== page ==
I have only two quibbles with Code Red. First, the book confusingly asserts that an HSA-owner must "use it or lose part of it." HSAs, created in 2003, are tax-advantaged accounts held at banks or broker-dealers and are the personal property of the depositors. The previous "use it or lose it" version was a Flexible Spending Arrangement (FSA). Second, Dranove frequently cites the well-known figure of 47 million uninsured, which most laymen misunderstand as the number of permanently uninsured Americans. In fact, the figure encompasses millions who are between jobs (the "frictionally" uninsured), others who are eligible for government health programs but are not enrolled, those who could reasonably afford health insurance but go without, and illegal immigrants.
Even if we fix health care delivery, however, we have another problem: government health care is driving America into bankruptcy. This is no secret. Indeed, the law requires that Social Security and Medicare trustees issue a report to this effect every year, to which Congress pays attention for about ten minutes and then goes back to its usual business.
George P. Shultz, a Distinguished Fellow at the Hoover Institution and U.S. secretary of state under President Ronald Reagan, and John B. Shoven, the Charles R. Schwab Professor of Economics at Stanford University and the Wallace R. Hawley Director of the Stanford Institute for Economic Policy Research, would like both Congress and the American people to pay closer attention to the impending fiscal storm. Putting Our House in Order is marketed as a "citizen's guide to all points of view" about how to manage the burgeoning unfunded liabilities of Social Security, Medicare, and Medicaid. The Congressional Budget Office (CBO) projects that these entitlement costs could reach 28.5% of GDP by 2050, whereas total federal revenues have never exceeded 21% in the history of the Union.
And it gets worse: state and local governments also have massive unfunded liabilities for their retired public servants' health benefits. Until recently, they have hidden these from taxpayers. The Government Accounting Standards Board (GASB) requires all public employers to have booked these liabilities by the end of 2008. The numbers are staggering. According to the authors, Maryland has an unfunded liability of $20 billion, nearly double its annual general fund budget. New York City's chief actuary has declared that its assumptions are so unrealistic that the official estimates are "meaningless."
Nor is the bleeding confined to the public sector. Many older companies also have defined benefit pension plans (often with retiree health benefits) that are on shaky ground. Although most companies have adopted defined contribution plans such as the 401(k) in the last 25 years, there is still a critical overhang of companies with defined benefit plans. Such plans are the liabilities of the firms rather than the property of the employees.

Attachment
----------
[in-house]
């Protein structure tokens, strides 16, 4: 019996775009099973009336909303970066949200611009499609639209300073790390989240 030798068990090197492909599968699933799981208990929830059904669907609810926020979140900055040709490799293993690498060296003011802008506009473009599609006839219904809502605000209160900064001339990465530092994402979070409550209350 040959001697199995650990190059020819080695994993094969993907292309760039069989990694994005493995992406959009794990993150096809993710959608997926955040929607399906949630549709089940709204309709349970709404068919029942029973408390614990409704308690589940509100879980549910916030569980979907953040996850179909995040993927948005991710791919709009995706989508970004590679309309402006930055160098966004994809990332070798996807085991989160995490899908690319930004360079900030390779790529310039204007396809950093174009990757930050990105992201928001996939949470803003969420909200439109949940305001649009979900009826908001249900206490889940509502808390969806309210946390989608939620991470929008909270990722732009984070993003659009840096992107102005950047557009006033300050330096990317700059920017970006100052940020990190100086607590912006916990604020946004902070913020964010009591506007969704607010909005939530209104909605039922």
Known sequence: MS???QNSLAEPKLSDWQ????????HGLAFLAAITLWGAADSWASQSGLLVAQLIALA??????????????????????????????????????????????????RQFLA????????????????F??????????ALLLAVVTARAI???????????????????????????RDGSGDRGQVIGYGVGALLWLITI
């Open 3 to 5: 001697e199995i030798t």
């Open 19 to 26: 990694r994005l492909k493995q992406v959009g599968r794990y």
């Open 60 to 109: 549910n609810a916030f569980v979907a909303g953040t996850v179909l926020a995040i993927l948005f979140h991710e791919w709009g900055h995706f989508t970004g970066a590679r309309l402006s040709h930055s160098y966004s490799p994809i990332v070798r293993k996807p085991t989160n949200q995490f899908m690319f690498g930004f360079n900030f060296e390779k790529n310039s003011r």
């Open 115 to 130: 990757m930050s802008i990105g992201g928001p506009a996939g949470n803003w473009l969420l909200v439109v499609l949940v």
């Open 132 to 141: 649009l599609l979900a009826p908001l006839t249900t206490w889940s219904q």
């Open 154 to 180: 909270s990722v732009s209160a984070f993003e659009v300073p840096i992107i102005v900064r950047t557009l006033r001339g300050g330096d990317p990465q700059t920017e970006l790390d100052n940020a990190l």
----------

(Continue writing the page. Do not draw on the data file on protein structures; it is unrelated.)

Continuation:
These schemes are not in good shape: between 2002 and 2005, over 20 companies defaulted on their "pension plans of more than $100 million in size." Although insured by the Pension Benefit Guarantee Corporation (PBGC), the PBGC's premiums have not kept pace with the rate of defaults. The biggest recent pension default resulted from the bankruptcy of United Airlines, which took from 2002 to 2006 to work out. Furthermore, because the PBGC's maximum insured pension is $45,000, pilots who retired with pensions of $100,000 suffered serious cuts in their pension income. Americans might not count retired commercial airline pilots among the suffering, huddled masses of the world, but their loss is symptomatic of a systemic crisis. Indeed, Shultz and Shoven fear that the PBGC might need a taxpayer bailout!
Remarkably and quite happily for their readers, Shultz and Shoven face this perfect fiscal storm with optimism, proposing solutions that restructure pensions without raising taxes. They note that while health care and pension liabilities form an increasing slice of the nation's fiscal pie, we have a number of methods to grow the entire pie (i.e., GDP). One benefit of our expensive, innovative health care is that people are aging better. When Social Security began in 1935, an average 65-year-old man could expect to live 12 more years, and a woman 13. In 2004, life expectancy at age 65 was 16 more years for men and 19 years for women. In fact, male life expectancy at age 65 has increased by one month per year for the last 30 years.
Unfortunately, a major difficulty in addressing the crisis of unfunded liabilities is that Americans' savings rate is now close to zero, having steadily declined since the 1980s. Shultz and Shoven's most promising recommendations to solve the problem involve increasing older workers' participation in the labor force through public policies that give them an incentive to do so. Indeed, all the extra years of life gained in the last 70 years have been spent in retirement. And these folks are actually "younger" than the previous generation. When observed through the lens of health status, a 78-year-old woman in 2000 was the same age as a 69-year-old woman in 1940.
How can we motivate more seniors to work? Shultz and Shoven's best ideas include abolishing Social Security and Medicare payroll taxes (but not income taxes) for seniors who take employment, eliminating the surtax on Social Security income for seniors who stay on the job, and pushing the eligible age for Social Security past 67 as life expectancy continues to increase. There are plenty of other suggestions throughout the book, and I think they get only one wrong: allowing employed seniors to use Medicare, instead of their employers' private health benefits, as their primary health care payer. Although this would reduce a firm's relative cost of employing a senior, the flipside is that it is relatively more expensive to hire a younger person, thereby risking increased unemployment or decreased wages for that group.
One hopes that this compelling analysis by one of the nation's leading statesmen and an equally gifted scholar will finally cause our politicians to take heed.